Survey: Walmart, Target and Old Navy tops in awareness — and that’s not all
Back-to-school advertising appears to be losing some of its resonance with consumers.
Walmart, Target and Old Navy scored the highest awareness levels among consumers (with children under the age of 18) in a survey of BTS advertising from 30 retailers by YouGov BrandIndex. But many retailers scored less than last year.
For example, 42% of the surveyed parents recall Walmart's advertising, compared to 50% at this time last year. Target's advertising is recalled by 34.3%, while Old Navy is recalled by 30.9%.
Walmart, Target and Old Navy also lead the list of retailers that parents are considering for their next purchase. Marshalls, H&M and Footlocker were among the retailers racking up major gains in purchase consideration.
Old Navy is tops in value perception, followed by Walmart and Target.
Outdoor apparel and gear brand runs first TV ad
Patagonia is running the first-ever television spot in its history, but the message has nothing to do with the outdoor apparel brand's merchandise.
In the ad, company founder Yvon Chouinard speaks about the importance of protected public lands, such as the Bears Ears national monument in Utah, and asks viewers to contact Secretary of the Interior Ryan Zinke, and remind him of his past comment in which he said, “Our greatest treasures are public lands.” To see the spot, click here.
On Aug. 24, Zinke will make an announcement about 21 national monuments that are “under review.”
In a note to media, Corley Kenna, director, global communications and public relations at Patagonia, said that in a nearly $700,000 media buy, Patagonia purchased statewide television and radio time in Montana, home state of Interior Secretary Ryan Zinke. The company also purchased television and radio in Utah, where two of the monuments up for review are located, and radio time in Nevada where two other national monuments are also for review. The ad is also being promoted on social and digital media.
“The national monuments under review are a critical part of our national heritage and these lands belong not just to us, but to future generations," stated Rose Marcario, president and CEO of Patagonia, which has a long history of social and environmental activism. "We stand with the millions of Americans who spoke out in support of keeping protections in place for public lands. We hope Secretary Zinke will remember his roots and his words and protect these ‘national treasures.’ This is not about politics or partisanship – it’s about standing up for places that belong to future generations."
Study: Top reasons millennial parents prefer stores for BTS shopping
When it comes to sticking on budget, millennial parents prefer in-store shopping over digital commerce for back-to-school purchases.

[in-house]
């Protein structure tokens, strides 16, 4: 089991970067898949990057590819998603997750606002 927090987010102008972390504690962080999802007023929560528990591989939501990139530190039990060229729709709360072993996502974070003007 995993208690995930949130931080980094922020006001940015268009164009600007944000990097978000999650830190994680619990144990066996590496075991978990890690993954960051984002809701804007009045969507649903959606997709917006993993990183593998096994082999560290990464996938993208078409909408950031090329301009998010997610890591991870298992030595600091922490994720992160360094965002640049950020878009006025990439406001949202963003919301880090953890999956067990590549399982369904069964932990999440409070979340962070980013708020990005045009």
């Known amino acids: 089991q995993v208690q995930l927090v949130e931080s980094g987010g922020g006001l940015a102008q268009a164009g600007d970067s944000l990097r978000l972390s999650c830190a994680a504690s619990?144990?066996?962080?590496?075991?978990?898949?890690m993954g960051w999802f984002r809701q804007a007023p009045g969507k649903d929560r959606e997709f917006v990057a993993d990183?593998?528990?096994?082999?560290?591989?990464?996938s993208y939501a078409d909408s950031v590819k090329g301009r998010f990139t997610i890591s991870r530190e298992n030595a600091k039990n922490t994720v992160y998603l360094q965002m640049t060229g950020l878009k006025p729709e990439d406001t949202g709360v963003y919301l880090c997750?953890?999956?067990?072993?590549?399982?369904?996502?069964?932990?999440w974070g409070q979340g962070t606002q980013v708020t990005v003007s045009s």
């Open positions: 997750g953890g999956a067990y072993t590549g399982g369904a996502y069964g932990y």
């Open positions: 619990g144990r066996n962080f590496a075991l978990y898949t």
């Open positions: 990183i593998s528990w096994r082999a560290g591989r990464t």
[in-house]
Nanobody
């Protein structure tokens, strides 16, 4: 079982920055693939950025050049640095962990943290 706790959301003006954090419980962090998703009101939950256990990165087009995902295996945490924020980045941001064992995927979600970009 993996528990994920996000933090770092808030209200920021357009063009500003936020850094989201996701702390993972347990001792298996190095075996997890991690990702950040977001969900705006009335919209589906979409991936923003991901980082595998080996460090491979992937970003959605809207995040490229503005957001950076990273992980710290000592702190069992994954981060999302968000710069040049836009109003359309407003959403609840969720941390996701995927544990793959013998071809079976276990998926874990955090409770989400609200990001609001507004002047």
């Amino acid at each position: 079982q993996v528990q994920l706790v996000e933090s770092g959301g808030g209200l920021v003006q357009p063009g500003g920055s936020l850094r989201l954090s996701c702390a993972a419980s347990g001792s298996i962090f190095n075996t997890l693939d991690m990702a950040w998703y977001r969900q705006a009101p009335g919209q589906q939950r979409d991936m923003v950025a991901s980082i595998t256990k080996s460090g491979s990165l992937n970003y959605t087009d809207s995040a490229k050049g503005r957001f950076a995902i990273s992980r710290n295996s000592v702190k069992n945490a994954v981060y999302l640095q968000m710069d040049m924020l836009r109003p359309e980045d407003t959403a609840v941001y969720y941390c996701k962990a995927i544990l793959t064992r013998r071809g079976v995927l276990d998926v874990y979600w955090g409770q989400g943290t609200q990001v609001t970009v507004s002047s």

Sixty-five percent of millennial parents believe shopping in-store enables them to more effectively remain within budget goals compared to shopping online, according to a study commissioned by Citi Retail Services. These parents plan to do the majority, 72% on average, of back-to-school shopping in a store rather than online this year.
Remaining on budget is not the only reason millennial parents prefer shopping in-store. Other top reasons are: trying on clothing and testing items (63%); including their child in decisions on what to buy (60%); more easily comparing products (48%); and getting better deals (43%)
The survey indicated that 91% of millennial parents feel that they consider their child’s opinion when back-to-school shopping more than their parents did when they were young. This stat signals that new parents are increasingly leaning on their children's recommendations and input for back-to-school products, the report noted.
“More millennials are entering parenthood, which is having a profound impact on retailers,” said Leslie McNamara, managing director and executive VP of business and market development for Citi Retail Services. “These parents place tremendous value on their children’s opinions when shopping and are not as swayed by brand on big ticket items like electronics. Retailers can incorporate this into their approach when marketing to millennials, whose habits may defy generalizations as they enter the next stage of their lives.”
The survey revealed that millennial parents do not view back-to-school shopping as exclusively limited to the summer before school starts. Nine out of ten parents expect to buy some items after their child’s first day of class.
On average, they anticipate having more than a quarter (27%) of their back-to-school shopping left after the first day of school. Furthermore, these parents do not expect to have bought their last item until four weeks after the start date, which can mean back-to-school shopping remains a priority for parents into the fall months.